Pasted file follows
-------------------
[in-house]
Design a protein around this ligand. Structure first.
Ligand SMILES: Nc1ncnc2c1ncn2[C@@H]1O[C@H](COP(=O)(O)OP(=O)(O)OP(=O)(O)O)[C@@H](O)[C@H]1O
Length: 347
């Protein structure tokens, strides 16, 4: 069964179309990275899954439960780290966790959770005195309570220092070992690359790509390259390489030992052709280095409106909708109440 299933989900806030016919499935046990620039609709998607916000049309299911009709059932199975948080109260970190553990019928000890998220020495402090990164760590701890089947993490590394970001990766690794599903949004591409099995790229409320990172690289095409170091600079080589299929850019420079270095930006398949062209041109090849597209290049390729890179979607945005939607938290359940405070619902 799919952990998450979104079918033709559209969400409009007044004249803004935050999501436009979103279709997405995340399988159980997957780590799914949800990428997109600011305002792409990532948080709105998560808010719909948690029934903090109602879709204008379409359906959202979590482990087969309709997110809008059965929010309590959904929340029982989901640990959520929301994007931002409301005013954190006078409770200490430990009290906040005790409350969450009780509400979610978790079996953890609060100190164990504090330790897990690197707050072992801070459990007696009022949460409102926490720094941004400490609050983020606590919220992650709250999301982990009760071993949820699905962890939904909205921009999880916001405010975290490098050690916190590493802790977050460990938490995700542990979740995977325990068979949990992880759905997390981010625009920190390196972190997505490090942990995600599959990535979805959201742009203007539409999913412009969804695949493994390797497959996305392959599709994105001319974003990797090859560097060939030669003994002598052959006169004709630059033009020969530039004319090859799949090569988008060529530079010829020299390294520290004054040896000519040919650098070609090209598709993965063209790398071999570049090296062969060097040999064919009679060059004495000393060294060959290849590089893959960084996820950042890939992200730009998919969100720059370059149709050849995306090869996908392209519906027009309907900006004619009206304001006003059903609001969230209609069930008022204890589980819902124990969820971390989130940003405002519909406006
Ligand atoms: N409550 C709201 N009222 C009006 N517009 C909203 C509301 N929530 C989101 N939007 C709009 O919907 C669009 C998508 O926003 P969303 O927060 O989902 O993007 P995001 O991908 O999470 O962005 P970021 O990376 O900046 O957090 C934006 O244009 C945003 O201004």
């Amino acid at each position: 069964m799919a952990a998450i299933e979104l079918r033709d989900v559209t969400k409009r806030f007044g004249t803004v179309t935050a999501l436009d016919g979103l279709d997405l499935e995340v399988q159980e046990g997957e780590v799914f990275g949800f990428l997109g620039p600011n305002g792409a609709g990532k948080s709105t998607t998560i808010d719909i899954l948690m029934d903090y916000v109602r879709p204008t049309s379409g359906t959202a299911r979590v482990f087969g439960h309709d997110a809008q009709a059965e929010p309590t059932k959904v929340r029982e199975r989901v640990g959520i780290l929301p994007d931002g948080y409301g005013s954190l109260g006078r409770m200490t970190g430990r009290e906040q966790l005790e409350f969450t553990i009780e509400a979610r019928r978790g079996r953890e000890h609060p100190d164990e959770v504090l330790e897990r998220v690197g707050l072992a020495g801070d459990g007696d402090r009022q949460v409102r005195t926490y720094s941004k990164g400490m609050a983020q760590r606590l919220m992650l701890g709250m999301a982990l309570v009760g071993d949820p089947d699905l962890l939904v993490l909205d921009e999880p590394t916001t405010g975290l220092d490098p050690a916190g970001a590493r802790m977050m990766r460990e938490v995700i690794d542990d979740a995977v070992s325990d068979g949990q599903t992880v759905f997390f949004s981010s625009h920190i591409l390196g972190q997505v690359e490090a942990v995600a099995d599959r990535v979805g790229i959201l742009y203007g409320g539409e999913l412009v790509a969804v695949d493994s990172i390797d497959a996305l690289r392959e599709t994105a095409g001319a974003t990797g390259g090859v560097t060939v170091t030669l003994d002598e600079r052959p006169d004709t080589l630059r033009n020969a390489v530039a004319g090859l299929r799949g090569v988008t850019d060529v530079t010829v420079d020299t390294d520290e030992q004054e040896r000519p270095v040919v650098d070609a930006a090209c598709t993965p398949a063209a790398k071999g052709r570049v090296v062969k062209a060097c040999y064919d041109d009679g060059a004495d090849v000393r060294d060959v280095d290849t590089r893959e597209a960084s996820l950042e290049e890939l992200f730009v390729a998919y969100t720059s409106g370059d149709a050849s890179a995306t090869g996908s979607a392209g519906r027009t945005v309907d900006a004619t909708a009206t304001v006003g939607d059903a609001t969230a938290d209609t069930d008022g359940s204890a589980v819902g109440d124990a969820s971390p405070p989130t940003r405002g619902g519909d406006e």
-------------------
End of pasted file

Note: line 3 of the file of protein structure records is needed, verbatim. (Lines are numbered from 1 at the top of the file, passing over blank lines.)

Ligand SMILES: Nc1ncnc2c1ncn2[C@@H]1O[C@H](COP(=O)(O)OP(=O)(O)OP(=O)(O)O)[C@@H](O)[C@H]1O